Contractors’ 2019 Loan Charge Settlement Deadline Approaches
Contractors who have participated in a disguised remuneration loan scheme have until 30 September 2018 to send settlement information to HMRC, or they risk paying an enormous bill in the 2018/19 tax year.
Disguised remuneration schemes are tax avoidance schemes in which participants receive income in the form of a ‘tax-free loan’, rather than traditional income.
HMRC counts this type of loan as income and says that tax is due on it. In 2017, the government introduced the ‘2019 loan charge’ to retrospectively collect tax money from disguised remuneration scheme losers.
Charges will apply to all loans made since 6 April 1999 if they are still outstanding on 5 April 2019. However the charge will not be applicable if the contractor signs a settlement agreement before the due date.
If you have used a disguised remuneration scheme and wish to avoid the paying the loan charge on top of what you owe in tax and national insurance, you should register your interest in the settlement scheme as soon as possible.
HMRC says that all the information required to settle must be sent to HMRC by 30 September.
If disguised remuneration contractors fail to reach a settlement agreement with HMRC by the April 2019 deadline, any outstanding loans will be treated as income in 2018/19, resulting in a large tax bill.
HMRC can also issue penalties on outstanding disguised remuneration loans. The initial penalty is £300, plus an extra £60 for each day the payment is outstanding.
HMRC estimates that 50,000 individuals will be affected by the loan charge. They say that 65% of those affected work in the business services industry, in professions such as management consultant and IT consultant. An additional 10% work in construction and less than 3% work in medical services and teaching.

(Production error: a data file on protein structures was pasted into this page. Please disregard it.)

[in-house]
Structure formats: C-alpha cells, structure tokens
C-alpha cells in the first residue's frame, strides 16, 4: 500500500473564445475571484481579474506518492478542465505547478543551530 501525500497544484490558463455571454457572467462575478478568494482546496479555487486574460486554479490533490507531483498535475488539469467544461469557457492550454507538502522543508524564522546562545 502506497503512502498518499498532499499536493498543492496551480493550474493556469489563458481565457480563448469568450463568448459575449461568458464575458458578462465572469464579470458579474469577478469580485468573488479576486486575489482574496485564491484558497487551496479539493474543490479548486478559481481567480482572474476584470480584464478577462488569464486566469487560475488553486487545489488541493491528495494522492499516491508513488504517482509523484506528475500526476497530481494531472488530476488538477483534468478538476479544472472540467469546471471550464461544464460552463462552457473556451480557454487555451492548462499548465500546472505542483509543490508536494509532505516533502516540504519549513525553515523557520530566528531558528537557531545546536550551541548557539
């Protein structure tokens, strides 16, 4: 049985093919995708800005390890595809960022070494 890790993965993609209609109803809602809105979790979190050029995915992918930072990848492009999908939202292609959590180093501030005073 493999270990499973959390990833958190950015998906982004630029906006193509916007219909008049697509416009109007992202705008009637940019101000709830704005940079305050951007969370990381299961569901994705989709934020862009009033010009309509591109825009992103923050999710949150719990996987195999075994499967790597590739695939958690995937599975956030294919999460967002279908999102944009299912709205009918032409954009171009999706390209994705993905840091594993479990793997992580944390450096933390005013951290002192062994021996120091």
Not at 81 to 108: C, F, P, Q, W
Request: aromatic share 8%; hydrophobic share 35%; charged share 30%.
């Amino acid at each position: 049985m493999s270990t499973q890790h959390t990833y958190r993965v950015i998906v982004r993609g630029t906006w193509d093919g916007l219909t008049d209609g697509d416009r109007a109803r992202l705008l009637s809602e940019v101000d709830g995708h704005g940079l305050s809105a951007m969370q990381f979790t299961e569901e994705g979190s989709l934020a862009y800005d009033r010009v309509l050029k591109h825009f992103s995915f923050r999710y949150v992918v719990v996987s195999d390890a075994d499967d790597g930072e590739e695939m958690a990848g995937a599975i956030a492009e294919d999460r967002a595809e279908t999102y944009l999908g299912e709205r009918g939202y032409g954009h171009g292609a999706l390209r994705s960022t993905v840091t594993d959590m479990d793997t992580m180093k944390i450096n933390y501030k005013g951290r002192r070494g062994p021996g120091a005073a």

Many of the schemes users are also thought to be contractors, and the taxman has revealed that 70% of scheme users were in the schemes for two years or more and could face very large tax bills.
The gravity of the impending loan charge is weighing very heavily on some disguised remuneration scheme users.
The Loan Charge Action Group (LCAG), set up to raise awareness of the retrospective tax charge, says it has received calls from people contemplating suicide because of the loan charge.
“Thousands of freelance workers, consultants and contractors across all industries face bankruptcy, anxiety and stress due to the draconian Loan Charge,” the group said in a statement.
They continued: “LCAG and specialist tax advisors have been fielding calls from desperate people who are facing bills running into hundreds of thousands of pounds.”
LCAG also points out that the arrangements were legal when entered into and remain legal today. It is also thought that many contractors entered into the schemes as a condition of their employment.
HMRC says that since the loan charge was announced, more than 5,000 individuals and employers have agreed to pay the tax they owe. A further 20,000 have contacted the authority to register their interest in settling.
In an issue briefing on the HMRC website, they say: “We appreciate that for some people who have used these schemes, paying the tax due will have a significant impact. Flexible payment arrangements are available to anybody who has genuine difficulty paying what they owe.